Maximizing Your Mature Author Website

Once you’ve published a few books, nailed down the look and feel of your site, and developed your platform, you can take a little breather and sit back to enjoy the fruits of your labor. 

Or can you? 

There’s always something you can do to continue improving your author site. Here are a few things you should concentrate on once you have the basics nailed down. 

Increase Your Website’s Functionality

Having a decent following and recognizable brand does not mean that you should stop innovating your site. But it does mean you should change the way you approach your innovation. 

Instead of making major design changes to your site, you should think about how you can manipulate the functionality of your site to better interact with your readers. 

Popular authors often offer more interactivity on their site. Adding a forum for your readers to connect and discuss your work or putting up a section where users can submit fan-fiction based on your novels are some aspects you may want to add to your mature site. Games and giveaways are also a good way to get readers involved on your site. 

Alternatively, you can expand your content. Podcasts, vlogs, or Easter Eggs are all good options for a mature site. 

Integrate Your Website Into Your Business Plan

When your author site is in its infancy or adolescence, you will most likely use it to support your business, your writing. However, as it reaches maturity, you will find that your site can be used as a business on its own. 

The platform you have gained on your site can be swayed in many ways, and this influence should be accounted for when you create a long-term business plan.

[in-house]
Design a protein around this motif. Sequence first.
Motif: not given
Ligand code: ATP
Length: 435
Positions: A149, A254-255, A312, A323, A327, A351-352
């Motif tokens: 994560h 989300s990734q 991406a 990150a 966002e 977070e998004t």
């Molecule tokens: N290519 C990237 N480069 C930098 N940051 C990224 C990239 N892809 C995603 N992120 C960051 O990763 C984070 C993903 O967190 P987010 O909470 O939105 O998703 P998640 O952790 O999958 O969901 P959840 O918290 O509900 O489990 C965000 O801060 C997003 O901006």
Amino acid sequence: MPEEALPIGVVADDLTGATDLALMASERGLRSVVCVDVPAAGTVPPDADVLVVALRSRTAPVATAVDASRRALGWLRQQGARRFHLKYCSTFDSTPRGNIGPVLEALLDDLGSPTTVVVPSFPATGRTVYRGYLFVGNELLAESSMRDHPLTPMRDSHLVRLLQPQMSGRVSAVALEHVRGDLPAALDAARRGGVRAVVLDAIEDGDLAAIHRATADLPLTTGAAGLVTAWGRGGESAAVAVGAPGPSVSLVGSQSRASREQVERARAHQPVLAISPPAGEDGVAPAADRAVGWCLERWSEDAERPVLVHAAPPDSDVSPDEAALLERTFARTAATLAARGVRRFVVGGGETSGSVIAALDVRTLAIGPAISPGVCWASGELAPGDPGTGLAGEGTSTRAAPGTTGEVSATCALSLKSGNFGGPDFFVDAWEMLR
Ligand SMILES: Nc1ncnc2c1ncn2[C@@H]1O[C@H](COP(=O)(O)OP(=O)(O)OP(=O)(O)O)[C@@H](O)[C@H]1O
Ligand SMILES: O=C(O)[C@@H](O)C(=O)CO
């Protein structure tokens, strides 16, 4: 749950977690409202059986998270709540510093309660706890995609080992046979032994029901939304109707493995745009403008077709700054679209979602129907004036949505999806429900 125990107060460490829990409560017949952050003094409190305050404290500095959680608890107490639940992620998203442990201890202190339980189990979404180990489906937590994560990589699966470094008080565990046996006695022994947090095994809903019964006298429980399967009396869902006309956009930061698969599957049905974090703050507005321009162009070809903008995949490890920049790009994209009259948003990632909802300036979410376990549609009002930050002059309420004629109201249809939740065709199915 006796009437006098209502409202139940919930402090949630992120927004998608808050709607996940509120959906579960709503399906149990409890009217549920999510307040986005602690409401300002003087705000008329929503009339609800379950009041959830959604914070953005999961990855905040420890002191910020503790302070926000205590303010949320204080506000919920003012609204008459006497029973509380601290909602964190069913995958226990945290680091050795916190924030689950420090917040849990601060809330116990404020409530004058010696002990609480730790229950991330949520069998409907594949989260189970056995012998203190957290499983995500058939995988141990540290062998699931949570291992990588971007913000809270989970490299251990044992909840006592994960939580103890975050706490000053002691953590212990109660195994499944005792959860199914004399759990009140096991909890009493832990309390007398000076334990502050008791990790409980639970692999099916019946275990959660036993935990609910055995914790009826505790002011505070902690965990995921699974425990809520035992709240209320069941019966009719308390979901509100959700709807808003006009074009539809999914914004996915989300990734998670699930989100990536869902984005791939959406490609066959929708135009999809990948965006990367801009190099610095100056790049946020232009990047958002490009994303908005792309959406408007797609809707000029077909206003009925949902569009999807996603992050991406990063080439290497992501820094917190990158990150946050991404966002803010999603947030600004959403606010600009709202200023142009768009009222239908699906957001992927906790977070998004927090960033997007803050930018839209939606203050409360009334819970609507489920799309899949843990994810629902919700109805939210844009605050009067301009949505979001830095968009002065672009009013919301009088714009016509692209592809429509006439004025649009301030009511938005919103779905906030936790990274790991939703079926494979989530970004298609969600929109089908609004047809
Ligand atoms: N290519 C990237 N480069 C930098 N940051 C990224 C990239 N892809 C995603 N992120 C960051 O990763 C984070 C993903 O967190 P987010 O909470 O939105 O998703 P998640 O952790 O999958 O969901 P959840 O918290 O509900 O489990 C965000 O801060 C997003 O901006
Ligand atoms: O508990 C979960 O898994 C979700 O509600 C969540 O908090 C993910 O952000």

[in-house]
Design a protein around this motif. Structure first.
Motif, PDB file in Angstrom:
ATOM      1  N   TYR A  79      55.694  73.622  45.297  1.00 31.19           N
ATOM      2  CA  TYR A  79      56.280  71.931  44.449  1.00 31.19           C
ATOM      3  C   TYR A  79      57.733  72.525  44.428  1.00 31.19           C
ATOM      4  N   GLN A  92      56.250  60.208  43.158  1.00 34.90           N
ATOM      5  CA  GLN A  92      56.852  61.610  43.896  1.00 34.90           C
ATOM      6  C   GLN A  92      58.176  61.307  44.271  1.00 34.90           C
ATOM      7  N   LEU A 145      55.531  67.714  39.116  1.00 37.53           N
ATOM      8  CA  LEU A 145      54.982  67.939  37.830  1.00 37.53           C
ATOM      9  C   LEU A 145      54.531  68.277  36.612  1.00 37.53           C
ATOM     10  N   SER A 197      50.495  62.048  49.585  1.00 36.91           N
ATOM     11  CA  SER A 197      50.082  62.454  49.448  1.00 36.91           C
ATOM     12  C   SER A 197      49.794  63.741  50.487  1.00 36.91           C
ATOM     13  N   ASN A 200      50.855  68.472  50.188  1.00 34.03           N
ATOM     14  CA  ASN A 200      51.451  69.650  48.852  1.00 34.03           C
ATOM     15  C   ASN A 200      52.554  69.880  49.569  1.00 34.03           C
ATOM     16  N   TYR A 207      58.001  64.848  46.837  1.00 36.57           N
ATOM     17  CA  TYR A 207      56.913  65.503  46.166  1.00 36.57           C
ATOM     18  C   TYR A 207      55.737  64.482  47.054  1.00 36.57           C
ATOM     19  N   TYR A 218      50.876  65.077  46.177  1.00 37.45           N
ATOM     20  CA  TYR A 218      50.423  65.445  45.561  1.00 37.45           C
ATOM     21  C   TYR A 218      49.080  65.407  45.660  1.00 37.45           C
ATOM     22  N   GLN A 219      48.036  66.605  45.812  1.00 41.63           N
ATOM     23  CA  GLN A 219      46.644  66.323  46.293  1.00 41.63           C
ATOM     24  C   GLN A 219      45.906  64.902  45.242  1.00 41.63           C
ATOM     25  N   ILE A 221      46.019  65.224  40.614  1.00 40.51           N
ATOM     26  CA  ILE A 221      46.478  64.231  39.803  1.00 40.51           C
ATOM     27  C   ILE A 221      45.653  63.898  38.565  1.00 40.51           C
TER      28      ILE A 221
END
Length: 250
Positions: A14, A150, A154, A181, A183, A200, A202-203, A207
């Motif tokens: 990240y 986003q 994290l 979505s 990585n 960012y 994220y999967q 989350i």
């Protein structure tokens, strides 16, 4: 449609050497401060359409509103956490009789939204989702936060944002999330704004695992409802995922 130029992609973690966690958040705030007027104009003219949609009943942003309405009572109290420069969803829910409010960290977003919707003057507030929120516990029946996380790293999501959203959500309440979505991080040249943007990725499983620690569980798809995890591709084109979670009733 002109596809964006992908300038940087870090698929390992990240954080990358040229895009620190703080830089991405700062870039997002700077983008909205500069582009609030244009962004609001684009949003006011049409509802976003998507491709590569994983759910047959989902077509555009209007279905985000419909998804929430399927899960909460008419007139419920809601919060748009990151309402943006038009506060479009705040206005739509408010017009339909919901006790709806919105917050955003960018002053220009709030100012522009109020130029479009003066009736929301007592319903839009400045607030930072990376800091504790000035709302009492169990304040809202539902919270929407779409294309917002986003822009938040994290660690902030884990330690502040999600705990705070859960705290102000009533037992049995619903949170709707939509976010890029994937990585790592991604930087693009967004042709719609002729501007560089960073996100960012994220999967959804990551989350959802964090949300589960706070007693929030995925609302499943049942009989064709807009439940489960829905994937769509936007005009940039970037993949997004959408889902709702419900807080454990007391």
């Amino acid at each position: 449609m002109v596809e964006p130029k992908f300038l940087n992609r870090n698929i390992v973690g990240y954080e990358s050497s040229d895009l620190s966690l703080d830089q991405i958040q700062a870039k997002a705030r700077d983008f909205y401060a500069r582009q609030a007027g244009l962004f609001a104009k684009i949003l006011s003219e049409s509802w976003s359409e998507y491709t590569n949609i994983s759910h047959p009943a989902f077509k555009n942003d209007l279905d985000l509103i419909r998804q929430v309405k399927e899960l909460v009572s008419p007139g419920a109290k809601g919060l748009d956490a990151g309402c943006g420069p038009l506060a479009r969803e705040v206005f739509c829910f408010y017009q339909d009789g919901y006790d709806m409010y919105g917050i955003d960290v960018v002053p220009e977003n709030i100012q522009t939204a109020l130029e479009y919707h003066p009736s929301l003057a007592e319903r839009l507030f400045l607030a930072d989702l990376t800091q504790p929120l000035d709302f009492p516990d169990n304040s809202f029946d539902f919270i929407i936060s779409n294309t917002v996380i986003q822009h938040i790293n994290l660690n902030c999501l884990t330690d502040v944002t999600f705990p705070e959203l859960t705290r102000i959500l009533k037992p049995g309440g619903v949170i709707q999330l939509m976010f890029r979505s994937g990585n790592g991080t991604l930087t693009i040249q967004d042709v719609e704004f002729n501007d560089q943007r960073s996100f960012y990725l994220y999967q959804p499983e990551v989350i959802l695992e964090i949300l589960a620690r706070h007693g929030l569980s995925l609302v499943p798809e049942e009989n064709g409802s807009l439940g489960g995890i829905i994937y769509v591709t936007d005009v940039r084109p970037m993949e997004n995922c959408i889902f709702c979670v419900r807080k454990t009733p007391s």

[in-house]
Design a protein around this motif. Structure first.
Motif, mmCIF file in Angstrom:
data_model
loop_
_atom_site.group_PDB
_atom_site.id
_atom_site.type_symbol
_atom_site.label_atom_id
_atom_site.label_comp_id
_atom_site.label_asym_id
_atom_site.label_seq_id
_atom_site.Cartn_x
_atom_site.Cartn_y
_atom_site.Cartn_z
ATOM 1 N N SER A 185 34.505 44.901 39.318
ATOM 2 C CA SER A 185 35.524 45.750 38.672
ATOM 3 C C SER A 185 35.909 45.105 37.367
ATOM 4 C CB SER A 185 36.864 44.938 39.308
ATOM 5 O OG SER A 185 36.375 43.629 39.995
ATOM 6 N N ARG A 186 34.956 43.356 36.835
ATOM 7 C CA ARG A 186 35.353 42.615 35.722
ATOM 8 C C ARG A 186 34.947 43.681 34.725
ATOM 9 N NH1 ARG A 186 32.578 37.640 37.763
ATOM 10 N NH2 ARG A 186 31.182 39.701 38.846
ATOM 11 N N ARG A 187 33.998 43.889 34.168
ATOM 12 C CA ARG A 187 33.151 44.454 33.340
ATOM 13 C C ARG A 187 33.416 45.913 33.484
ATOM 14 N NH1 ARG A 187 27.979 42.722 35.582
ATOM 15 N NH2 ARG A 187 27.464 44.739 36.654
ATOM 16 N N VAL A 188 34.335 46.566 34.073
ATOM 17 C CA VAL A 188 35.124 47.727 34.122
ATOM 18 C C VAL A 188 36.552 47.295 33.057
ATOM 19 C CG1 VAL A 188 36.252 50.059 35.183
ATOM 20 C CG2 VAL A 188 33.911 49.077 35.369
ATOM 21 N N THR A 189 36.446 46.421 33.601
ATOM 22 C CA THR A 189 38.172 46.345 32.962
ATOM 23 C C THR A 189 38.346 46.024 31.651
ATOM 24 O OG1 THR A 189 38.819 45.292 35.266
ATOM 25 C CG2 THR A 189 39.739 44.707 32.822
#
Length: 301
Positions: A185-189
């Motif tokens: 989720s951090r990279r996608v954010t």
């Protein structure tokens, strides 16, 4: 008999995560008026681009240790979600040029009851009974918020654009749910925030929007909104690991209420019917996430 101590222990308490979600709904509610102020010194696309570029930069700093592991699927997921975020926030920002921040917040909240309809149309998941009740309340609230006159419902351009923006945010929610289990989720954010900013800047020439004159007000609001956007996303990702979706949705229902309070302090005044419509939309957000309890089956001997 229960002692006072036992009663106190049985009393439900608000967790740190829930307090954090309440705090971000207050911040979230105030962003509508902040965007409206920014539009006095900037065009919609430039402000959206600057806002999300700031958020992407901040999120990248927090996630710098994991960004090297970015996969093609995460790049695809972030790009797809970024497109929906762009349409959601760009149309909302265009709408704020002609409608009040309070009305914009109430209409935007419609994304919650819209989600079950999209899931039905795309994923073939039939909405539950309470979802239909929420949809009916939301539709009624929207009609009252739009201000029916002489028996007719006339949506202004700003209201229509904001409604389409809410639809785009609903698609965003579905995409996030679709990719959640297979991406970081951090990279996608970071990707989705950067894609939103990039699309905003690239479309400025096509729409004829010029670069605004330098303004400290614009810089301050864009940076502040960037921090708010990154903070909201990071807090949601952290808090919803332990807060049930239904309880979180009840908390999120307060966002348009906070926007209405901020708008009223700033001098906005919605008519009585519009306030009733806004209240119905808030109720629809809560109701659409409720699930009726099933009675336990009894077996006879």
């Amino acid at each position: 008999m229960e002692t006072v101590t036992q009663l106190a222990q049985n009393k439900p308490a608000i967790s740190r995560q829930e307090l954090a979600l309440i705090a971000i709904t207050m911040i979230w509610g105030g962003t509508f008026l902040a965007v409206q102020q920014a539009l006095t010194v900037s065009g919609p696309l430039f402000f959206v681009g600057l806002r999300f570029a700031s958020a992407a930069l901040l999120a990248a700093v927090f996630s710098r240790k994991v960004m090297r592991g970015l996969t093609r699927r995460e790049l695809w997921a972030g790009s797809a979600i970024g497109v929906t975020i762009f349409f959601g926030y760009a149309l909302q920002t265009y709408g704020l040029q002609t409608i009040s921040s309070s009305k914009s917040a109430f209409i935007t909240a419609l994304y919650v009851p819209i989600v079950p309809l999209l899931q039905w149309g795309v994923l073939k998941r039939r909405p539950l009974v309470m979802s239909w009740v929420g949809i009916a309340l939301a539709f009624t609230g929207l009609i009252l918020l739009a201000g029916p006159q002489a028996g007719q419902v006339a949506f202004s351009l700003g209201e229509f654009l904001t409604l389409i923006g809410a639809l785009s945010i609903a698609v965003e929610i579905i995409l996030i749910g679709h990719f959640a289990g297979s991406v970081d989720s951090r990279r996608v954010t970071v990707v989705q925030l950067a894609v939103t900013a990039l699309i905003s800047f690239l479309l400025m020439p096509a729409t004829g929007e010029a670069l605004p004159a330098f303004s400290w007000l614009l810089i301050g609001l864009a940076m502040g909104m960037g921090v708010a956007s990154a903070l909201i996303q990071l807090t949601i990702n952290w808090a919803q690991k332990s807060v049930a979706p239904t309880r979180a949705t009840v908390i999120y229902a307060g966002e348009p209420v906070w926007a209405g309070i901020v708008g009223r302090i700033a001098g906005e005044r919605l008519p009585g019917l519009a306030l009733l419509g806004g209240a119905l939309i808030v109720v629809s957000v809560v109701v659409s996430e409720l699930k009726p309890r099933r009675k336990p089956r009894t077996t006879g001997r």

Although it’s a good idea to have your website in your business plan from the get-go, authors tend to approach their “business” a bit differently, and many don’t even start to look at their writing as a business unless they have published multiple books or are making a significant amount of their income from writing. Because of this, the website grows organically alongside the author’s reputation. But once your website is mature, it is critical that you think of it as a business asset and opportunity. 

Monetize Your Site

Depending on your approach to publishing and your website, you may have already monetized certain aspects of your site. But if you haven’t, now is the time to do so. 

By now you already have a following who trusts you, so they will be less critical if you decide to advertise on your site. Alternatively, you can set up a patron program or sell content directly from your site. Creating a “members only” section or selling short e-books are good ways to do this. 

Of course, all sites grow at different rates and in different orders. You may decide to monetize your site from its inception, and you may have a grand business plan for your website before you sell your first book. On the other hand, you may be missing some of the basic components of an author site even after you’ve been running yours for years. 

The most important thing is for you to be able to assess where your current site is and to create a plan for going forward. 

If you missed them, check out the other posts in this series: 

Koji Dae
Co-Founder, Lead Developer
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